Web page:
We didn’t know any of them before the trip, and they did not know us, yet they were so welcoming to us and made us feel like old friends. How I wish Aunt Marian was with us, because she was the original family historian, not me. Without her hard work and the family Bible which was given to me after her death, I may never have gone.

It should have been her, not me, standing up at that London church saying a prayer in honor of Louis and laying a wreath on his grave.  I can just imagine how thrilled she would have been to have met the Irish Prime minister. I can picture her chatting casually with him at lunch after the ceremony at the cemetery. She was always so at ease making small talk with just about anyone.

We learned that the traditional St. Patrick’s Day meal is bacon and cabbage, not corned beef and cabbage. We saw the dedication of a group of men and women who worked tirelessly to “right an 82-year wrong” by erecting a monument for one of the most famous leaves on our family tree. We witnessed the joyful celebration at Flannery’s Pub as everyone erupted in song after lunch just like in an old movie.

I have kept in touch with Brian and another wonderful resident of Castlebar named Ann. I hope to someday travel to Ireland to visit them, where Ernie told us in his wonderful Irish brogue, “We’ll roll out the red carpet for you.” After meeting them all, I believe they will, but a red carpet from them will need only be a hug and a shared meal. No wonder Grandma has always so proud of the Irish!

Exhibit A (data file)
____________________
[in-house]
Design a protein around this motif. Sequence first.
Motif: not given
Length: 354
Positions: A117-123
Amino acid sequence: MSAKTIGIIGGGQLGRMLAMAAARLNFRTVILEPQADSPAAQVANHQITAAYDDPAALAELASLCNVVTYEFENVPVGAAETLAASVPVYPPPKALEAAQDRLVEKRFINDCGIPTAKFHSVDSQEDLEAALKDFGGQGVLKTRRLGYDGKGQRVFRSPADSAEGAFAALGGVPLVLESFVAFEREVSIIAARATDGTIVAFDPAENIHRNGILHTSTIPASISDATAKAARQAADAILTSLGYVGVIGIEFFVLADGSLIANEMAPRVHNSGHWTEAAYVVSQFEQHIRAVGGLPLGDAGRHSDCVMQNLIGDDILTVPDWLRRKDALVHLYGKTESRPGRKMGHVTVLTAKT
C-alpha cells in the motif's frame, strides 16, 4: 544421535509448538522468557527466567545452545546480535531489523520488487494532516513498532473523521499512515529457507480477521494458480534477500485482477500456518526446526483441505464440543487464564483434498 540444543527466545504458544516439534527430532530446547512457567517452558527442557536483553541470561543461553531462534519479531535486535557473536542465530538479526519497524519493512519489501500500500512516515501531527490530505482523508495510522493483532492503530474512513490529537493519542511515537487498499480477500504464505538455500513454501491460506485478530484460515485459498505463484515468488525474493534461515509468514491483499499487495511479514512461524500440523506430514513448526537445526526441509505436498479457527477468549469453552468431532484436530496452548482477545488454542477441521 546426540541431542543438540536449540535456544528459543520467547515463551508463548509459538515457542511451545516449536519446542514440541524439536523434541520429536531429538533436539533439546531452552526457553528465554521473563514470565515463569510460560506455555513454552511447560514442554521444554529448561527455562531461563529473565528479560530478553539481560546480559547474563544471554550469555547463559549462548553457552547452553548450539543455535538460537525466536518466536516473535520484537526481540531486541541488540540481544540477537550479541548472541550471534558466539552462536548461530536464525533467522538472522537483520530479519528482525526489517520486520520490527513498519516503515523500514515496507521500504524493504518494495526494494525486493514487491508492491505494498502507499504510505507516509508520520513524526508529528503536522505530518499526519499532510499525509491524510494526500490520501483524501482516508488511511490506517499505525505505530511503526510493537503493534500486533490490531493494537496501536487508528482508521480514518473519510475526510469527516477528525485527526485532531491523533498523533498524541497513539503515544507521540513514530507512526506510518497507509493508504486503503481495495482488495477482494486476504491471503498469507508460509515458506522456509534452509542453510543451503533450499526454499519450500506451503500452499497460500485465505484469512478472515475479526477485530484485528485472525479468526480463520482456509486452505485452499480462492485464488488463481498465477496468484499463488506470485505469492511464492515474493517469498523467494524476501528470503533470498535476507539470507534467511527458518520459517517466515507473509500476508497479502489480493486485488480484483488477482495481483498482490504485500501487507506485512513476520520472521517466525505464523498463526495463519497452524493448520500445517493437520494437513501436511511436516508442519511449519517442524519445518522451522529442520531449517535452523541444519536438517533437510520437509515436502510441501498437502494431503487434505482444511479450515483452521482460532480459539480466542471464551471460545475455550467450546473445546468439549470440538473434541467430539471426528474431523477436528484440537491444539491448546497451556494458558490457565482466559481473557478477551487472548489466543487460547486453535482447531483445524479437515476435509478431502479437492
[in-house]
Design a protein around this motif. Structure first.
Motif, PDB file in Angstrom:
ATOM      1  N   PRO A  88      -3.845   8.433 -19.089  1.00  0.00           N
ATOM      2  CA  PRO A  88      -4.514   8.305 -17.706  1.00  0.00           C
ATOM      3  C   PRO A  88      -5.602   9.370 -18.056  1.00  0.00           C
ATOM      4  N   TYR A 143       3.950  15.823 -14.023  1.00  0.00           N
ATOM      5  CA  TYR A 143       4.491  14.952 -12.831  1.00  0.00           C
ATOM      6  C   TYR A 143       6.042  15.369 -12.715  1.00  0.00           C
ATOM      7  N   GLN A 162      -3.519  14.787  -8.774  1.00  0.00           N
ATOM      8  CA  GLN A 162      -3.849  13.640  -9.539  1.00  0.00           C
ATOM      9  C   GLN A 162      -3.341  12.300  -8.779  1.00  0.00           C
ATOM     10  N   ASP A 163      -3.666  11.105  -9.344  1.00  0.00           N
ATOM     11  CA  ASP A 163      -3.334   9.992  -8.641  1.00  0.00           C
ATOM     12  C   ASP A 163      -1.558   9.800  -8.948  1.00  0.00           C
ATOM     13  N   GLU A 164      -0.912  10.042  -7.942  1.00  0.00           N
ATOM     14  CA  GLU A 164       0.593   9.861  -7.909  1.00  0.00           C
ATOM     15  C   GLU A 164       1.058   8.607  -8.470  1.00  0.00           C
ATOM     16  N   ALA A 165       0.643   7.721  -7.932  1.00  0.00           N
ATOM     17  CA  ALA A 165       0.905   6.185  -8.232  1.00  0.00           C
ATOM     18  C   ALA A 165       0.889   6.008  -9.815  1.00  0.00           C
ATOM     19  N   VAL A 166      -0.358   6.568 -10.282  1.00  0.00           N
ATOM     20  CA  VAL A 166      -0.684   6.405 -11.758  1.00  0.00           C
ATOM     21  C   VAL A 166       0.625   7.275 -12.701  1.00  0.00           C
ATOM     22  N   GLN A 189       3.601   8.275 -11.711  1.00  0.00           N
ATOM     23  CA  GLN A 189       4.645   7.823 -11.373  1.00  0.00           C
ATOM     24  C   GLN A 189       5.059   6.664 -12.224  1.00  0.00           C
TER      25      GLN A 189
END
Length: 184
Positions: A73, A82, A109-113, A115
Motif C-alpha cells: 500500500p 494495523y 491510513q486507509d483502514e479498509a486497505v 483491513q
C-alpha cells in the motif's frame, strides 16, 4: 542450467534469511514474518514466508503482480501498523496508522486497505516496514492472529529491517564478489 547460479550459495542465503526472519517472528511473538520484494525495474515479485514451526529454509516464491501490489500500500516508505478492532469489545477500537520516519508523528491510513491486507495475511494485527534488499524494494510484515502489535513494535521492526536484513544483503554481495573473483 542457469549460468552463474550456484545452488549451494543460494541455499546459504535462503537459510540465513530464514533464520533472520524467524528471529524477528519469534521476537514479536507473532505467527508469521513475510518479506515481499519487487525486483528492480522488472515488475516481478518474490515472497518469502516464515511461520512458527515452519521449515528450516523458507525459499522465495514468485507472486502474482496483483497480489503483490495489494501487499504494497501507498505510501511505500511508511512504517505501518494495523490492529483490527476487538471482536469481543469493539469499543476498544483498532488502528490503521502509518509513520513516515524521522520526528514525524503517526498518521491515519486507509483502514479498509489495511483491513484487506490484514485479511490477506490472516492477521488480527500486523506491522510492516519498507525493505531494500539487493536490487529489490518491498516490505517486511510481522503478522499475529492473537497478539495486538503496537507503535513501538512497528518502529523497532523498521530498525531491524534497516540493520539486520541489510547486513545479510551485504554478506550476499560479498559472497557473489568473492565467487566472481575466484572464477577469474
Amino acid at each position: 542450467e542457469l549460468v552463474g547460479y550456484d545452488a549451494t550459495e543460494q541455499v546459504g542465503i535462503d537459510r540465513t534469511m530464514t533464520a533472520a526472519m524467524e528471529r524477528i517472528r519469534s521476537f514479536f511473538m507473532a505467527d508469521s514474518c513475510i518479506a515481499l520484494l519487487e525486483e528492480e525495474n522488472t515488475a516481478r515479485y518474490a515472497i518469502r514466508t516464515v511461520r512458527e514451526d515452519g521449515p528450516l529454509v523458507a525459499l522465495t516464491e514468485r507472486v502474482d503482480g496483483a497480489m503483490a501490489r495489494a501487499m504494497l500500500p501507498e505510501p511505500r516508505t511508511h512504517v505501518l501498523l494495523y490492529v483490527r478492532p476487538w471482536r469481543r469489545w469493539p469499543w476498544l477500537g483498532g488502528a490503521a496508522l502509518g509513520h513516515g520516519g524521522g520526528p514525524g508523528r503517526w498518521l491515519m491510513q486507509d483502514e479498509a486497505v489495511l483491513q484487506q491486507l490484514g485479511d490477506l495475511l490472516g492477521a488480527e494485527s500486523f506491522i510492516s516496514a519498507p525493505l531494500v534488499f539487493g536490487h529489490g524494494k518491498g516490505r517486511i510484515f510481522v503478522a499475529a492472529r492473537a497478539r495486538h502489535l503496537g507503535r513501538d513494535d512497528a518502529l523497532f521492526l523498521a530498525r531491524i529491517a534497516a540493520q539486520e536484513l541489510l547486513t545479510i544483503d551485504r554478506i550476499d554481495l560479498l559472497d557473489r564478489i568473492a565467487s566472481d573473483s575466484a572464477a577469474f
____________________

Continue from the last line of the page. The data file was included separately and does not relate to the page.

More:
Gang from Castlebar- Gillingham, Kent, UK- March 2014
             Gang from Castlebar, Ireland in Gillingham, Kent, UK- March 2014



This Rather Than That

So much of what happens to us is all about timing and seemingly insignificant decisions. An employee of Morgan Stanley left her office on the 67th floor of the World Trade Center to have a cigarette just moments before the first plane hit the towers. So she lived. A man from New York escaped death in a Paris café because he was unable to get a reservation for dinner there that night.

Kelly may never have met Mark if the University of Miami Admissions had not lost her application, resulting in her decision to become a Gamecock rather than a Hurricane. If I stayed at Douglass College, I would not have been working at Allied Chemical on that January day in 1977 when Dad asked me out on that first date.

My grandmother came to America in 1913. If she had come 3 ½ years later, her inability to read and write may have prevented her from boarding the ship to America. Congress passed an immigration bill in 1917, which required immigrants to pass a literacy test as one requirement to coming here. Anyone over the age of sixteen who could not read 30-40 words in their own language failed the test. Baba would have failed. This test restricted people because of their intellect as a way of preventing undesirables from immigrating to this country.

In 1920, thousands of Russians were arrested—3000-10000 on a single day—because the Attorney General feared they were communist revolutionaries. Some were deported. Many were guilty of nothing other than having Russian accents. Those raids concentrated primarily on individuals who were not yet U.S citizens.